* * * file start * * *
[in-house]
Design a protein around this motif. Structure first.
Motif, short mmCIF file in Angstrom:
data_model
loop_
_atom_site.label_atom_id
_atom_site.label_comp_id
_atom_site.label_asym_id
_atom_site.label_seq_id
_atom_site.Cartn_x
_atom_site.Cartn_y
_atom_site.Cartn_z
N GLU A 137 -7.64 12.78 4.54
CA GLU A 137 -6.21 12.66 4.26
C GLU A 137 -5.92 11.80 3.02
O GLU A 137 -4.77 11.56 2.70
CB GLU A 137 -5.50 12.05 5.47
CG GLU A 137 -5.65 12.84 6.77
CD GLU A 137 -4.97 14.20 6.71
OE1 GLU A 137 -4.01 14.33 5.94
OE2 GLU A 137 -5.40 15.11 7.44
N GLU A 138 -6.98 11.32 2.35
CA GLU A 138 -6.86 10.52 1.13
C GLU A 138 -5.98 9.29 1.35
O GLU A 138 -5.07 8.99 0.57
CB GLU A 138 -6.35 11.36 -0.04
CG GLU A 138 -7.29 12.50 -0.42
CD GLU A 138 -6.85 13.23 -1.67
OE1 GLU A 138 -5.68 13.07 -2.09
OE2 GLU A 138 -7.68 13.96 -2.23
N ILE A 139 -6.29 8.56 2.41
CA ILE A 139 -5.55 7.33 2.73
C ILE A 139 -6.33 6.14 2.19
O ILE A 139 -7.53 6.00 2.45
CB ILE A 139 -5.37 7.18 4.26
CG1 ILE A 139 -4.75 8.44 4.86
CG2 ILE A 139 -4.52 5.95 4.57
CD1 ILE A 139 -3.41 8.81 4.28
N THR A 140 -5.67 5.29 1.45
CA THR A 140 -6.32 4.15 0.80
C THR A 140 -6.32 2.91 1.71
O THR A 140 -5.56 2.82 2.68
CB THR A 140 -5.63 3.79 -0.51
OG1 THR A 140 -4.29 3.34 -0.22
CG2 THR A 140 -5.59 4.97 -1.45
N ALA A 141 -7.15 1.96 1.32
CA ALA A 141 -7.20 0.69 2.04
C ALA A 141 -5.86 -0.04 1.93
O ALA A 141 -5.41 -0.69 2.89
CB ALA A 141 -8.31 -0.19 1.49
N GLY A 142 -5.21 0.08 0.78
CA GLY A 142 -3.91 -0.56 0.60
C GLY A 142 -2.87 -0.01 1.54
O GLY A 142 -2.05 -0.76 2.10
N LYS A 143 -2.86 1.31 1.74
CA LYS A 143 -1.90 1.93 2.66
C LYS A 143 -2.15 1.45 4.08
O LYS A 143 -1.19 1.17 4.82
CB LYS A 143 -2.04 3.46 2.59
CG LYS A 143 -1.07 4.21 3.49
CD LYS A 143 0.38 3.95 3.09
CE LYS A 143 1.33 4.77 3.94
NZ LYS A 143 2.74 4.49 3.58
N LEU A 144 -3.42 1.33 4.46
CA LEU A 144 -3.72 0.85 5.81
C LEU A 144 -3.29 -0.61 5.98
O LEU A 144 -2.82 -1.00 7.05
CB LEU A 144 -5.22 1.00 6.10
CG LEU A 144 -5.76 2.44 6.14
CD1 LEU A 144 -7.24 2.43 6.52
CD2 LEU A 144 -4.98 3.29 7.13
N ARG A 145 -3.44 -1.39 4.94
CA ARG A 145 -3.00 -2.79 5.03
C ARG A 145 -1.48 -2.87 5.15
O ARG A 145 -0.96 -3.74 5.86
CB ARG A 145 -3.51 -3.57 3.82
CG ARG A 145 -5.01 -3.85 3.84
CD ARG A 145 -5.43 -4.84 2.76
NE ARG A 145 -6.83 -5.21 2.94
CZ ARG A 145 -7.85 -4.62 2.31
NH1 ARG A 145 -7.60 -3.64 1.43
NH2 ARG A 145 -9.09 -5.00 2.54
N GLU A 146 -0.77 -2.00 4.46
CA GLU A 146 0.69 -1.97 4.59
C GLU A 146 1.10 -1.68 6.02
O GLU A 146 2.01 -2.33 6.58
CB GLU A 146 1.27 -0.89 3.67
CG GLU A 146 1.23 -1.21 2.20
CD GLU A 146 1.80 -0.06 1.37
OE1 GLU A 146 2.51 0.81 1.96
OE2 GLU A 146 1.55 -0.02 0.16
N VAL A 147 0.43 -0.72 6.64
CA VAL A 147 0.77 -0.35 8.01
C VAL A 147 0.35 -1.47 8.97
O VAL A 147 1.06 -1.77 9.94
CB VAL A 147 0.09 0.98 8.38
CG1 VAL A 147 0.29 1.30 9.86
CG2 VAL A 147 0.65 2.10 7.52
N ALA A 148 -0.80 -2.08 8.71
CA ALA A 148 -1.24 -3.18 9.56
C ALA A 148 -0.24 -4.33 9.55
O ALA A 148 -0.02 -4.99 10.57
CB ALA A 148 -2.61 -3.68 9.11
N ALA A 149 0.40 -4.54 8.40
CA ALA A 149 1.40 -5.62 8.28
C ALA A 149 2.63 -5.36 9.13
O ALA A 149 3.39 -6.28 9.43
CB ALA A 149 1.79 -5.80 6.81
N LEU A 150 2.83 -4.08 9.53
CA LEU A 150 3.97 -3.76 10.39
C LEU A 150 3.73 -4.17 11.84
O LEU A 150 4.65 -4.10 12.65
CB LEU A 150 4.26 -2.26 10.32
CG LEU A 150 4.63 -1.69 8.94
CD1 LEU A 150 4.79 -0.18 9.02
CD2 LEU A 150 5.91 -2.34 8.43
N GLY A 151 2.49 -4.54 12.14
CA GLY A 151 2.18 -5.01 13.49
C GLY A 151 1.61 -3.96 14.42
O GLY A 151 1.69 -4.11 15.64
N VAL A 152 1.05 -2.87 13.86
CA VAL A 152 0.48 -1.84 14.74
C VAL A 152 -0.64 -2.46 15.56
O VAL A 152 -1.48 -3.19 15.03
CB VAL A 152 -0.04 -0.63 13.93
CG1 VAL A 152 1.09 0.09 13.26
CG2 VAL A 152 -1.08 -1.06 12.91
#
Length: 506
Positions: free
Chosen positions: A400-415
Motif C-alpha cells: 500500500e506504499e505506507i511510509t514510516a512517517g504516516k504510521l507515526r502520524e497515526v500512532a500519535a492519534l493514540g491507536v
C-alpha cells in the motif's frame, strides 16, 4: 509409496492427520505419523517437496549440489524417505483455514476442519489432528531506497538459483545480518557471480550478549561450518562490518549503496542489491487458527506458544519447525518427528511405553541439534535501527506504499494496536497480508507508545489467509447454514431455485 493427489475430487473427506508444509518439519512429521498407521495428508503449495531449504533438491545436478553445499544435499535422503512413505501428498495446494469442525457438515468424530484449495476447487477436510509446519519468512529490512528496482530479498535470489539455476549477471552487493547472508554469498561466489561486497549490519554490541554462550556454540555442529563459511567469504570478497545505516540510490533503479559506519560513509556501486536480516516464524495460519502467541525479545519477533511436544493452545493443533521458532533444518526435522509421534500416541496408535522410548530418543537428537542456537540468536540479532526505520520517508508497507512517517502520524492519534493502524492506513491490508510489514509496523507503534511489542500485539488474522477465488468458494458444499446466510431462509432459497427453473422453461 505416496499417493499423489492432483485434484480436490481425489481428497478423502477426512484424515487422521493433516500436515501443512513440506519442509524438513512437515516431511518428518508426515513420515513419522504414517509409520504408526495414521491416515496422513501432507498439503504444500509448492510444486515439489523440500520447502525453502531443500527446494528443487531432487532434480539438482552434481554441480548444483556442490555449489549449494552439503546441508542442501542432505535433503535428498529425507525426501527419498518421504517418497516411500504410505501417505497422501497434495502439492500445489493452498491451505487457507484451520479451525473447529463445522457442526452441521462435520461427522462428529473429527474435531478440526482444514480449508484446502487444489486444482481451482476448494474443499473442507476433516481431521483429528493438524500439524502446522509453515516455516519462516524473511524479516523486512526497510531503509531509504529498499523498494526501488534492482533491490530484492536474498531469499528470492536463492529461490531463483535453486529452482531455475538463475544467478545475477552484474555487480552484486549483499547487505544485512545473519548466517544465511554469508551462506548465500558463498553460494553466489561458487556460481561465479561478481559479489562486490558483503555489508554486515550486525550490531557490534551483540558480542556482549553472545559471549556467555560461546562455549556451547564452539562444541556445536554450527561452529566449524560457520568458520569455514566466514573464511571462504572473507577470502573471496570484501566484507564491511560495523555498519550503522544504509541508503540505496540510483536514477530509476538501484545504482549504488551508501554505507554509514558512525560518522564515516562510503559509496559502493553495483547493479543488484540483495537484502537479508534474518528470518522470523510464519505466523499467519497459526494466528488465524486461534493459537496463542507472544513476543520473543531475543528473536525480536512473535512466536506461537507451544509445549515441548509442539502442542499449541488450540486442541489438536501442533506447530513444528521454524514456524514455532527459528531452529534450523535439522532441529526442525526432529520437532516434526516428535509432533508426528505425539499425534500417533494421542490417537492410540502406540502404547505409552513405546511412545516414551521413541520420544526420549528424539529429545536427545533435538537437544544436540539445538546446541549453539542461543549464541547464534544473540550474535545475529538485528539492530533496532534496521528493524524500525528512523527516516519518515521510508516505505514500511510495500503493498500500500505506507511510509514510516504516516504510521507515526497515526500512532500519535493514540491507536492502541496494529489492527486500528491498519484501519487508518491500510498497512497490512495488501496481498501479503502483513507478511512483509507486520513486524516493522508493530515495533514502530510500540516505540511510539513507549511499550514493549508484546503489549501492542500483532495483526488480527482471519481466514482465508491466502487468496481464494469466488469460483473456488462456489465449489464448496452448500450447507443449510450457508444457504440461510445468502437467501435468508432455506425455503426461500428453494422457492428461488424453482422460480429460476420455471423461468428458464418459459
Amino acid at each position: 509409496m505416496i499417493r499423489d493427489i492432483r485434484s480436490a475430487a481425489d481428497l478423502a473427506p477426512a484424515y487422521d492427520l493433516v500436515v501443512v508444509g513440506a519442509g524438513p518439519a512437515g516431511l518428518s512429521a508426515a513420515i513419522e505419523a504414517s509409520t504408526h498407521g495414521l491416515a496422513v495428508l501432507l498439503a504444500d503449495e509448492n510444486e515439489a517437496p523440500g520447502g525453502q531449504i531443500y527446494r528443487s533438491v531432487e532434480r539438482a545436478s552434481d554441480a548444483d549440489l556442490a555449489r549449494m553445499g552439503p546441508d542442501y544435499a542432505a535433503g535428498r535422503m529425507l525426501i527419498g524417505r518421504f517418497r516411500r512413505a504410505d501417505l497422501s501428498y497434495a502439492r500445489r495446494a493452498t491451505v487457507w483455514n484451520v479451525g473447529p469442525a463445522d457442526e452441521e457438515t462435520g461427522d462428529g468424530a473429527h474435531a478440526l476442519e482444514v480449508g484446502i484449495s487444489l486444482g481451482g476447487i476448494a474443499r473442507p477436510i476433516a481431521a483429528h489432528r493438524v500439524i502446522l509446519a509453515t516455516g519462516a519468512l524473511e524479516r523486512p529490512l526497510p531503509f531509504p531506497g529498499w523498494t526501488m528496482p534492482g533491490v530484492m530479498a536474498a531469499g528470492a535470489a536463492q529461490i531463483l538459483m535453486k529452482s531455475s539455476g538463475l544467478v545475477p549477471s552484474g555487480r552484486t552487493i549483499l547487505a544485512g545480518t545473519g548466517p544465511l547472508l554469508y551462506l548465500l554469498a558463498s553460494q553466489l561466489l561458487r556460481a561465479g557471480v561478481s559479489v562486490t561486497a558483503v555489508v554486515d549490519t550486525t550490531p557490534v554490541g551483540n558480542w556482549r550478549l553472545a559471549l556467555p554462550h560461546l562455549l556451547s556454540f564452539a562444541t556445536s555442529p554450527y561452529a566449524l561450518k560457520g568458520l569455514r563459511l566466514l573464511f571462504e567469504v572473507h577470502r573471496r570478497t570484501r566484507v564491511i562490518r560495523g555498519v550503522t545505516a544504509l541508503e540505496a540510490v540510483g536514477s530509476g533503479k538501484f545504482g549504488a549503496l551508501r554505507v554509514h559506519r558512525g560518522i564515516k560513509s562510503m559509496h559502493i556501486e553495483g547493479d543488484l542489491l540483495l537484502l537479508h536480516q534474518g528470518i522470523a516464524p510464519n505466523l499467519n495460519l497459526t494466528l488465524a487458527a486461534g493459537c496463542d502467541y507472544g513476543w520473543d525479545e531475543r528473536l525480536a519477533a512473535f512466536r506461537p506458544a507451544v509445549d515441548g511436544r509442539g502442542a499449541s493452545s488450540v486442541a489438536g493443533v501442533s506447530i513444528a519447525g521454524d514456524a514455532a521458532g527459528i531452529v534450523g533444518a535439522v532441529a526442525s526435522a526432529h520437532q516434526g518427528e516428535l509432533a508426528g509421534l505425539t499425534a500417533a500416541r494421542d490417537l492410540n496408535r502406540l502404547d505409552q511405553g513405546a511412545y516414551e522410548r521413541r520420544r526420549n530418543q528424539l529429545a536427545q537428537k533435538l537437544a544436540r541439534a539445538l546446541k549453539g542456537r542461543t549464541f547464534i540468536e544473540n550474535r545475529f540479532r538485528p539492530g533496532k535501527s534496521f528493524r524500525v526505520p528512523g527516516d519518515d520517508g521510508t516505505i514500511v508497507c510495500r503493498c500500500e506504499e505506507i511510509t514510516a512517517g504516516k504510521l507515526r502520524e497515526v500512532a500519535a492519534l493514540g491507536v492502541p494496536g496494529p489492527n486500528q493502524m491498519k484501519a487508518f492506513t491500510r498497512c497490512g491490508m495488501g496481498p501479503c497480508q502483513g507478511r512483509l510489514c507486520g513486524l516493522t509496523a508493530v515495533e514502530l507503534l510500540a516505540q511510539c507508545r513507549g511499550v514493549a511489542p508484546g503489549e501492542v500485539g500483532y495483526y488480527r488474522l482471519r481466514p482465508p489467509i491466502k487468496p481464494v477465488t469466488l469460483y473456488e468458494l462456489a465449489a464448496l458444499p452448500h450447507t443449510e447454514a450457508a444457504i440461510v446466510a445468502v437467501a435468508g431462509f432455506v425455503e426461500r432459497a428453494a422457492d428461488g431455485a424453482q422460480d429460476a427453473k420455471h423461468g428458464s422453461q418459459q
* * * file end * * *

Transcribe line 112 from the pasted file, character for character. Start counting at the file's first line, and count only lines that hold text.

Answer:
O LEU A 150 4.65 -4.10 12.65